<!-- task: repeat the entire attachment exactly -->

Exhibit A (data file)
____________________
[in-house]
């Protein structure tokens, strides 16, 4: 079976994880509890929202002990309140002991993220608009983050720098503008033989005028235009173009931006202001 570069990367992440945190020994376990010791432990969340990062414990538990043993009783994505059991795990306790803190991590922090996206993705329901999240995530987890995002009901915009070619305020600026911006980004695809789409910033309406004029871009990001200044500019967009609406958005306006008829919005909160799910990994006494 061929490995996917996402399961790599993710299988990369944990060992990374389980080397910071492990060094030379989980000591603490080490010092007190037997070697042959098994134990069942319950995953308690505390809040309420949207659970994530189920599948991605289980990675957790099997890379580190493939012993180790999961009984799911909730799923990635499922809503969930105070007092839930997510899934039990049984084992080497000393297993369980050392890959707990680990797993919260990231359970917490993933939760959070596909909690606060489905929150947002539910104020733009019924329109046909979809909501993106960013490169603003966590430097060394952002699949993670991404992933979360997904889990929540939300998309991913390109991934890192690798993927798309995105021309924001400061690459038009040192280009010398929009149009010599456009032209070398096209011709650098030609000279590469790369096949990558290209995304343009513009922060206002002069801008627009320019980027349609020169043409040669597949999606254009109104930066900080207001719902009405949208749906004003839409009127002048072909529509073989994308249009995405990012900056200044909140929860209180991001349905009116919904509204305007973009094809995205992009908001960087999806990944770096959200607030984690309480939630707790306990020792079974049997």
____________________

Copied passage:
[in-house]
């Protein structure tokens, strides 16, 4: 079976994880509890929202002990309140002991993220608009983050720098503008033989005028235009173009931006202001 570069990367992440945190020994376990010791432990969340990062414990538990043993009783994505059991795990306790803190991590922090996206993705329901999240995530987890995002009901915009070619305020600026911006980004695809789409910033309406004029871009990001200044500019967009609406958005306006008829919005909160799910990994006494 061929490995996917996402399961790599993710299988990369944990060992990374389980080397910071492990060094030379989980000591603490080490010092007190037997070697042959098994134990069942319950995953308690505390809040309420949207659970994530189920599948991605289980990675957790099997890379580190493939012993180790999961009984799911909730799923990635499922809503969930105070007092839930997510899934039990049984084992080497000393297993369980050392890959707990680990797993919260990231359970917490993933939760959070596909909690606060489905929150947002539910104020733009019924329109046909979809909501993106960013490169603003966590430097060394952002699949993670991404992933979360997904889990929540939300998309991913390109991934890192690798993927798309995105021309924001400061690459038009040192280009010398929009149009010599456009032209070398096209011709650098030609000279590469790369096949990558290209995304343009513009922060206002002069801008627009320019980027349609020169043409040669597949999606254009109104930066900080207001719902009405949208749906004003839409009127002048072909529509073989994308249009995405990012900056200044909140929860209180991001349905009116919904509204305007973009094809995205992009908001960087999806990944770096959200607030984690309480939630707790306990020792079974049997």